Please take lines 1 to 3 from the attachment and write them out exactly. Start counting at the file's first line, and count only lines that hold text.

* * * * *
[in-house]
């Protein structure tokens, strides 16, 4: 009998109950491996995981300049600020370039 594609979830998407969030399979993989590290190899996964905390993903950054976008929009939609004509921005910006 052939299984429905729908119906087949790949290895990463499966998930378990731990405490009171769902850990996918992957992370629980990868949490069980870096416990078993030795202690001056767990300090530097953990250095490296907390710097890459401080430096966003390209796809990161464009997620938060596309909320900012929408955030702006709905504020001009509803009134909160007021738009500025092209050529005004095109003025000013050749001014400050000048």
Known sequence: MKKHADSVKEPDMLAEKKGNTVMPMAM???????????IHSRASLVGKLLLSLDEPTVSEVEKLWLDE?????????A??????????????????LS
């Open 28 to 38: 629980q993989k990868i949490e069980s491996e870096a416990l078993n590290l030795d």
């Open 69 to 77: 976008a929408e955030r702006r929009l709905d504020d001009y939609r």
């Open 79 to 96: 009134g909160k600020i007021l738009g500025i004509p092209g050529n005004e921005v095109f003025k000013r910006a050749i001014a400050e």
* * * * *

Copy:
[in-house]
């Protein structure tokens, strides 16, 4: 009998109950491996995981300049600020370039 594609979830998407969030399979993989590290190899996964905390993903950054976008929009939609004509921005910006 052939299984429905729908119906087949790949290895990463499966998930378990731990405490009171769902850990996918992957992370629980990868949490069980870096416990078993030795202690001056767990300090530097953990250095490296907390710097890459401080430096966003390209796809990161464009997620938060596309909320900012929408955030702006709905504020001009509803009134909160007021738009500025092209050529005004095109003025000013050749001014400050000048």
Known sequence: MKKHADSVKEPDMLAEKKGNTVMPMAM???????????IHSRASLVGKLLLSLDEPTVSEVEKLWLDE?????????A??????????????????LS